I give him a withering stare. “Are you going to help me or no?”
“Well I’m up now,” he says. “And I doubt I’ll be able to go back to sleep with you yelling and thumping about in here. Show me where the sucker is.”
“That’s the thing. You don’t know where he is. They’re sneaky.”
“It’s just a mosquito.”
I gesture to the wall behind his shoulder. “There’s a gecko behind you.”
He jumps, shrieking “Ahhhh!” like a little girl as he spins around.
There is no gecko behind him, I’m just trying to prove a point.
“You were saying?” I say.
“That’s not funny.”
“Neither is this.”
“It’s kind of funny,” he muses and suddenly his attention is captured, his eyes darting to the side. “I’ve spotted it,” he says.
“Where?” I jump off the bed, trying to point my headlamp in the right direction.
He points to the wall. “There.”
I see a dark smudge and slowly approach it, fly swatter raised in the air. I peer at it as I get closer and it’s only when I’m up close that I realize it’s actually a dead mosquito that I must have killed some other time and—
Suddenly a million creepy crawlies are running up and down my sides, tickling me and I’m yelping, spinning around, realizing it’s actually Kessler who’s doing it to me, his fingers making quick work of the bare skin of my waist.
“You dick!” I yell at him, punching him on the chest and shoulder but the tickling only intensifies and now I’m doubling over in the worst kind of laughter, trying to escape, my headlamp slipping off and crashing to the floor.
Kessler wraps his arms around me, picks me up and spins me around and the next thing I know, his hand is disappearing into my hair and he’s leaning in and…
He’s kissing me.
I’m momentarily stunned as his lips press against mine, full and soft and sweet.
But just for a moment.
A moment before I realize how wonderfully familiar this kiss is, how well his lips meld to mine, how easy it is to fall into this rhythm of our mouths. Wet, warm, silk, his tongue slips against mine and I’m taken, I’m falling, I’m hungry. My hands go to his hair, so wonderfully thick and I wrap my fingers around the strands, tugging until it elicits a moan from him, the kind of moan that makes me wet between my thighs.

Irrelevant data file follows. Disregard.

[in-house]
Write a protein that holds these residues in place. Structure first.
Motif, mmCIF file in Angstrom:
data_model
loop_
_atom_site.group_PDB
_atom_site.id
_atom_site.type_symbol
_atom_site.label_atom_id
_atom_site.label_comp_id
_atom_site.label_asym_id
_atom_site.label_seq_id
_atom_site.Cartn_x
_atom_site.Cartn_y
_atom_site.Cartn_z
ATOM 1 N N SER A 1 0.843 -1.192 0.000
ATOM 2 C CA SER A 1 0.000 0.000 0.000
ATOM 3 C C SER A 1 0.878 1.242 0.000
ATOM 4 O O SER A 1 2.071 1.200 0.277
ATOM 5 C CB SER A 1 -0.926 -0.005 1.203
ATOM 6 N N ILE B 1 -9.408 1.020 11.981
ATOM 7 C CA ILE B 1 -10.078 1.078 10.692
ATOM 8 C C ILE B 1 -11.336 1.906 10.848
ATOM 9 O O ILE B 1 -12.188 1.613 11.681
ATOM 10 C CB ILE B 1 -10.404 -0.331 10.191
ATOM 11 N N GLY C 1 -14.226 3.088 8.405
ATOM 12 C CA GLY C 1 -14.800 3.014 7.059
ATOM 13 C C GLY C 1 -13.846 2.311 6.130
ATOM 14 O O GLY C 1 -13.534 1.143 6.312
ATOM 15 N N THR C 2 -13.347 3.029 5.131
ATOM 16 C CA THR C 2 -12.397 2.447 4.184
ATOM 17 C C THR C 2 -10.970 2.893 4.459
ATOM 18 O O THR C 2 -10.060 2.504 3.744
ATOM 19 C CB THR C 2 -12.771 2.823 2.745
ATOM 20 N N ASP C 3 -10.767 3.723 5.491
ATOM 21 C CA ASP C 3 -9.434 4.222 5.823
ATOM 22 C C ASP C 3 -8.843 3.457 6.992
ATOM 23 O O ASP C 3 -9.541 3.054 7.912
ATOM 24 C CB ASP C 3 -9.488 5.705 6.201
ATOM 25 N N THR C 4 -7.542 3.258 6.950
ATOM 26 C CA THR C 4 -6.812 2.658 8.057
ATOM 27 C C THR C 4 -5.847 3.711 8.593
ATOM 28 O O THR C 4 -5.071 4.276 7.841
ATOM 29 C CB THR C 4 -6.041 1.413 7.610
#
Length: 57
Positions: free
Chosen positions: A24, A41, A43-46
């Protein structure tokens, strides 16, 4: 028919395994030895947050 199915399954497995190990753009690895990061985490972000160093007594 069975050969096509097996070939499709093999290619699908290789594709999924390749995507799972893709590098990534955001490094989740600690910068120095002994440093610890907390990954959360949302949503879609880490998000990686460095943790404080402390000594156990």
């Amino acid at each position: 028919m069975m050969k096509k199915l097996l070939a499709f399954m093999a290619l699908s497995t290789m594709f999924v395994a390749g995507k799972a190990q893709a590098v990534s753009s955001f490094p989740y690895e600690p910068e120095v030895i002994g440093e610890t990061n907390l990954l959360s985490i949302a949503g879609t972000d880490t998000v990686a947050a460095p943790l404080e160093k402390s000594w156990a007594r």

It’s been so long since I felt like this over a kiss, over anyone, that my body is practically weeping for more of him, for this to never end, for this—
Hunter’s cry breaks us apart and Kess and I stare at each other wide-eyed and I can feel his heart pumping as fast as mine, our lungs heaving, almost breathless.
Then the biggest, most incredulous smile spreads across Kessler’s face.
“Daddy,” Kessler whispers to me in awe. “He’s never called me Daddy before.”
Suddenly the kiss is forgotten as Kessler basks in his fatherly milestone. He turns around to face Hunter who is standing in the doorway in just his pajama top, totally naked from the waist down. Such a mini-Kessler already.
“What is it Hunter?” Kessler asks him, pride choking his voice.
Hunter smiles. “Daddy. I pooped on the floor.”
Kessler’s mouth drops, the wind taken out of his sails. He glances back at me with a sheepish shrug. “Okay. Well. That happened. I guess I’ll go deal with that.”
I bite my lip to keep from laughing and watch as Kessler walks over to Hunter, taking his hand. “Okay buddy, show me where you pooped.”
“Good night Kessler, good night Hunter,” I call out after them.
“Bye!” Hunter cries out as he disappears down the hall, Kessler giving me an apologetic look over his shoulder.
I go over and close the door, leaning back against it, trying to calm my racing heart. Even though I needed that kiss like nothing else, I’m grateful for Hunter’s interruption, though I’m sure Kess doesn’t quite feel the same way.
It’s just that I was seconds away from giving in, giving him everything, in a way I could never get back, in a way that would complicate our car wreck of a relationship even further.
I need to keep my head on straight.
I need to keep my heart in the clear.
I need to remember what happened the last time Kessler and I got together this way. No matter how good it feels, no matter how badly my body needs it, it’s my heart that will pay the price.
Somehow I fall asleep without having killed the mosquito.
“You put the lime in the coconut and you drank ‘em bot’ up,” Bradah Ed sings, as the waitress passes us our drinks, that happen to be in coconuts.
“Oh yum,” Kate exclaims, sipping from her straw. “Remind me why we don’t do these touristy things more often? I mean, what is the point of living in fucking Hawaii if you can’t sit on Waikiki Beach at sunset and drink out of fucking coconuts?”